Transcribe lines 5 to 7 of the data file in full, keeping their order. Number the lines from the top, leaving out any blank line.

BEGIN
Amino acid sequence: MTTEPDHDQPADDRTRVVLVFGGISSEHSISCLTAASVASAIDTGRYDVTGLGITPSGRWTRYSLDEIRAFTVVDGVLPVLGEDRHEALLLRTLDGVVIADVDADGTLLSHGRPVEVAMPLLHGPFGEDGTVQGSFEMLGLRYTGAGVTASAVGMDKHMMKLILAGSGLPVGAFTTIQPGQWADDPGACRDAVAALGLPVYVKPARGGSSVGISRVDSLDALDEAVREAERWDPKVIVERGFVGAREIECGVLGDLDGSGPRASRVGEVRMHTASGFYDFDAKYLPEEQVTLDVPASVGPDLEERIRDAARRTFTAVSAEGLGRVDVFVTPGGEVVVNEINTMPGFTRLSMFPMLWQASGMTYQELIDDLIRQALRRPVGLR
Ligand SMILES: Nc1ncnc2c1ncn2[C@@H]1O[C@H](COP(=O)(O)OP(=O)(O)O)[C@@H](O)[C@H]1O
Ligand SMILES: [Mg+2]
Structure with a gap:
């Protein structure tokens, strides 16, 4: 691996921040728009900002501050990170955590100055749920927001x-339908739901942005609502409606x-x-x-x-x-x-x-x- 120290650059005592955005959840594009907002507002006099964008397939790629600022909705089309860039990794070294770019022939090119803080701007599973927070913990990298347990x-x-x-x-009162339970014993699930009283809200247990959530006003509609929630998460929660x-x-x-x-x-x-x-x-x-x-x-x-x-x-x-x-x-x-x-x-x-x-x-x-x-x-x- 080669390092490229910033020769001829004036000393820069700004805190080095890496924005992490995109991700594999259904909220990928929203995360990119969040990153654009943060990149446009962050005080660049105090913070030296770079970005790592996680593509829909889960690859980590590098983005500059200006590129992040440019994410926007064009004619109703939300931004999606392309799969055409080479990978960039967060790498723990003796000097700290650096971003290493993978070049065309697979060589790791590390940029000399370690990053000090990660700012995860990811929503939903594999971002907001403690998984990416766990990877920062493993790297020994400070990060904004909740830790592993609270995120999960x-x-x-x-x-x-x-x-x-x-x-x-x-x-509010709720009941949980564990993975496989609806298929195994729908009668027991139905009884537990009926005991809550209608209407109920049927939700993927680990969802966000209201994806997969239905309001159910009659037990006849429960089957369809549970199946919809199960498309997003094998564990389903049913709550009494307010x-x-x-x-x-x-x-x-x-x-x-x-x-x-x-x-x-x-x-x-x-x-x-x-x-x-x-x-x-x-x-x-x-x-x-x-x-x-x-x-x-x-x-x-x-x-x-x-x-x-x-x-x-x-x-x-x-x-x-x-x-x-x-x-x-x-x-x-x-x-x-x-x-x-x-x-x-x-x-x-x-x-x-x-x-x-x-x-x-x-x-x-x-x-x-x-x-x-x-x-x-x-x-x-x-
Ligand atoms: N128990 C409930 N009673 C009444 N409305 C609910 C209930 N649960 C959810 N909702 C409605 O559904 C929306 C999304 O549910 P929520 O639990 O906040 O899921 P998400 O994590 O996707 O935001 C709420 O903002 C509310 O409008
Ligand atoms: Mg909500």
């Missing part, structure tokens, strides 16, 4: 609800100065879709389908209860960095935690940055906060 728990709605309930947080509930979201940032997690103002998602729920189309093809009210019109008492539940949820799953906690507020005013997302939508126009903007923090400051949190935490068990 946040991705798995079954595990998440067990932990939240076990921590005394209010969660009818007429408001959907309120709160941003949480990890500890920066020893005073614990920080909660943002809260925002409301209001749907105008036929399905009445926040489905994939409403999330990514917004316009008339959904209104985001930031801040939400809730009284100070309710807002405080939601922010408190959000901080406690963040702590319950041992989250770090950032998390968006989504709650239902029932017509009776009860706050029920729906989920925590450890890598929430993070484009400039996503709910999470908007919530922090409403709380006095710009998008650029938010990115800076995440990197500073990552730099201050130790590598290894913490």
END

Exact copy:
């Protein structure tokens, strides 16, 4: 691996921040728009900002501050990170955590100055749920927001x-339908739901942005609502409606x-x-x-x-x-x-x-x- 120290650059005592955005959840594009907002507002006099964008397939790629600022909705089309860039990794070294770019022939090119803080701007599973927070913990990298347990x-x-x-x-009162339970014993699930009283809200247990959530006003509609929630998460929660x-x-x-x-x-x-x-x-x-x-x-x-x-x-x-x-x-x-x-x-x-x-x-x-x-x-x- 080669390092490229910033020769001829004036000393820069700004805190080095890496924005992490995109991700594999259904909220990928929203995360990119969040990153654009943060990149446009962050005080660049105090913070030296770079970005790592996680593509829909889960690859980590590098983005500059200006590129992040440019994410926007064009004619109703939300931004999606392309799969055409080479990978960039967060790498723990003796000097700290650096971003290493993978070049065309697979060589790791590390940029000399370690990053000090990660700012995860990811929503939903594999971002907001403690998984990416766990990877920062493993790297020994400070990060904004909740830790592993609270995120999960x-x-x-x-x-x-x-x-x-x-x-x-x-x-509010709720009941949980564990993975496989609806298929195994729908009668027991139905009884537990009926005991809550209608209407109920049927939700993927680990969802966000209201994806997969239905309001159910009659037990006849429960089957369809549970199946919809199960498309997003094998564990389903049913709550009494307010x-x-x-x-x-x-x-x-x-x-x-x-x-x-x-x-x-x-x-x-x-x-x-x-x-x-x-x-x-x-x-x-x-x-x-x-x-x-x-x-x-x-x-x-x-x-x-x-x-x-x-x-x-x-x-x-x-x-x-x-x-x-x-x-x-x-x-x-x-x-x-x-x-x-x-x-x-x-x-x-x-x-x-x-x-x-x-x-x-x-x-x-x-x-x-x-x-x-x-x-x-x-x-x-x-
Ligand atoms: N128990 C409930 N009673 C009444 N409305 C609910 C209930 N649960 C959810 N909702 C409605 O559904 C929306 C999304 O549910 P929520 O639990 O906040 O899921 P998400 O994590 O996707 O935001 C709420 O903002 C509310 O409008
Ligand atoms: Mg909500």